Green Macadamia Nuts
Inventory, lb : 0
This item was last sold on : 01/14/23
Green Macadamia nuts are round and consistently sized, measuring approximately two centimeters in diameter. The nuts are encased within their hard shell and, sometimes, still within their hull, which appears deep green with a split down the middle. The split hull reveals a spongy interior, encasing the round, shelled macadamia nut. The shell of the nut is chestnut brown and smooth to the touch with a slight gloss. Once shelled, Green Macadamia nuts have a mildly tropical aroma, a silky texture, and a sweet and nutty flavor with undertones of fresh coconut.
Green Macadamia nuts are available late fall through spring.
Green Macadamia nuts are the fruit of the tropical Macadamia tree belonging to the Proteaceae family. It is important to note that green refers to the freshness of the nuts, not the nut’s color. There are ten wild species of Macadamia nut trees native to Australia, but only two varieties have been cultivated for commercial use: Macadamia tetraphylla, which produces nuts with a rough shell, and Macadamia integrefolia, nuts with smooth shells. Macadamia nuts, also known as Queensland nuts, Maroochi nuts, and Bush nuts in Australia, were named after John MacAdams, a friend of the man who first discovered the nuts after the British colonized Australia. It is common for a Macadamia tree to take up to seven years to begin fruiting and ten years to reach peak production, averaging over sixty pounds of nuts per tree per season. The nuts grow in clusters and are harvested off the forest floor once the hulls have split and dropped from the tree. Green Macadamia nuts are not dried or shelled but are instead sold immediately to maintain their fresh flavor. The shells of the nut are the hardest known nutshell in existence. It requires over 300 pounds of pressure to crack the nut, so special tools are needed in commercial and home production of the nuts. One such tool is a vice specially shaped to hold the consistently sized, round nuts with a pointed screw that must be perfectly positioned on the end opposite the stem end of the nut. The screw is then twisted into the shell until it pops open. Macadamia nuts are one of the most expensive foods globally because of the complexity of cultivation, harvest, and production.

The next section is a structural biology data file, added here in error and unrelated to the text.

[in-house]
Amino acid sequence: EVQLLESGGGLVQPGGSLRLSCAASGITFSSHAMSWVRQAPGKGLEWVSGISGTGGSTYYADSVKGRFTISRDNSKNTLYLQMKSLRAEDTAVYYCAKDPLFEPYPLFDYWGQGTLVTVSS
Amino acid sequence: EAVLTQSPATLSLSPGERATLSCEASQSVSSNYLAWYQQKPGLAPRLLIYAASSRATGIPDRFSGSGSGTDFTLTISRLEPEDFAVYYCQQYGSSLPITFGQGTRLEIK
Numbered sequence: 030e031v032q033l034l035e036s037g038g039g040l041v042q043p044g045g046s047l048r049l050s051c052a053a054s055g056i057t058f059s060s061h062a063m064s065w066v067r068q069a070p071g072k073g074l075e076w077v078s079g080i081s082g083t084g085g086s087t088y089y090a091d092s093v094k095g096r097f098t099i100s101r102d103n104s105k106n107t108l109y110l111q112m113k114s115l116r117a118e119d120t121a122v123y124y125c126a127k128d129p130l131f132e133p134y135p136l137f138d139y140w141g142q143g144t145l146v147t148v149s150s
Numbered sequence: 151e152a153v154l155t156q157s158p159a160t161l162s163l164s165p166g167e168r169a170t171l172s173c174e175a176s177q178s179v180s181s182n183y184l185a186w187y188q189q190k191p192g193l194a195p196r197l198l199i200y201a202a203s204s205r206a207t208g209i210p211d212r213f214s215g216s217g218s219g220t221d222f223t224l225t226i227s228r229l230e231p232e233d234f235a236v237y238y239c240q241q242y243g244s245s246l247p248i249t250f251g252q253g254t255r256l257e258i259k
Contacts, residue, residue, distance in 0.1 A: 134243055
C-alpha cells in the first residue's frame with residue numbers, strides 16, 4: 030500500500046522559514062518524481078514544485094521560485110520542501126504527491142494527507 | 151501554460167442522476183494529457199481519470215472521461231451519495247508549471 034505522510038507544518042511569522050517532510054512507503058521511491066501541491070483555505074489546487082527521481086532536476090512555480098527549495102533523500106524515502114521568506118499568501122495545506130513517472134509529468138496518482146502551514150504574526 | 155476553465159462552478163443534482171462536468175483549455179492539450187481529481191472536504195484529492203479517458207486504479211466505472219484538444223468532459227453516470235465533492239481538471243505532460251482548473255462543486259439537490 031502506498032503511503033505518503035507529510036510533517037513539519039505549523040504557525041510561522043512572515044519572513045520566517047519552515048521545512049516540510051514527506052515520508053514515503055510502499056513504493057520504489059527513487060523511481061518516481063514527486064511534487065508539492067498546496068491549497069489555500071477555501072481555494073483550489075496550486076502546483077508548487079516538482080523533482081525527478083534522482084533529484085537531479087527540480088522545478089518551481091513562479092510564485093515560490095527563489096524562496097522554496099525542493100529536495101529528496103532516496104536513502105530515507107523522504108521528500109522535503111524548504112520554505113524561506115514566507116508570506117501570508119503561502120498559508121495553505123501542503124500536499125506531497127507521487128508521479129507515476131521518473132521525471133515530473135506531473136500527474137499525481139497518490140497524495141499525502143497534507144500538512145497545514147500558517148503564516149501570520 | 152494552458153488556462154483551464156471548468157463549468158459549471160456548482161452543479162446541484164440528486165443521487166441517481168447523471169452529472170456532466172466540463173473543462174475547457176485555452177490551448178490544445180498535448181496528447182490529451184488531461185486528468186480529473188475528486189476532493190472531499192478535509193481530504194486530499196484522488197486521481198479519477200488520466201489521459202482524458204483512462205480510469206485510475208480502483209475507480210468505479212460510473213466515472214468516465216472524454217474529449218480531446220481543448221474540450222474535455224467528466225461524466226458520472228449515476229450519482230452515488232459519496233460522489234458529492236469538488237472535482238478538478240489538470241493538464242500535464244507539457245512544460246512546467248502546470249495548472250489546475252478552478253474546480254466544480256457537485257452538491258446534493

Green Macadamia nuts are a significant source of iron, calcium, vitamin B, and phosphorus, as well as monounsaturated fats, including palmitoleic acid, a rare monounsaturated fatty acid that can aid in fat metabolism, possibly reducing the fat stored in the body. Macadamia nuts also contain moderate amounts of vitamin A, riboflavin, niacin, and flavonoids.
Green Macadamia nuts can be used interchangeably with dried macadamia nuts in both sweet and savory applications. The most common way to enjoy Green Macadamias is freshly cracked, out of hand, as a nutrient-rich snack. The nuts can also be shelled, roasted, and covered in different types of chocolate for a sweet treat. In addition to consuming the nuts by themselves, Green Macadamia nuts can be added to cookies, cakes, and quick bread, or they can be sprinkled over coconut and passionfruit ice cream for a delectable tropical dessert. Macadamia nuts can be ground into a fine meal and used as a crust for pies and cheesecakes, as well as a flour alternative for added flavor and crunch. Macadamia nuts are used extensively in Hawaiian cuisine to crust the outside of Mahi Mahi or shrimp before pan cooking or sprinkled over cold noodle salads and fruit salads with mango, guava, and passionfruit. Macadamia nuts pair well with other tropical flavors like coconut, passionfruit, guava, lemon, coffee, and chocolate. Macadamias will oxidize once exposed to the air, so it is best to leave them in their shell until needed and use them quickly once they are shelled. Green Macadamia nuts will last, unshelled, for 4 to 6 weeks.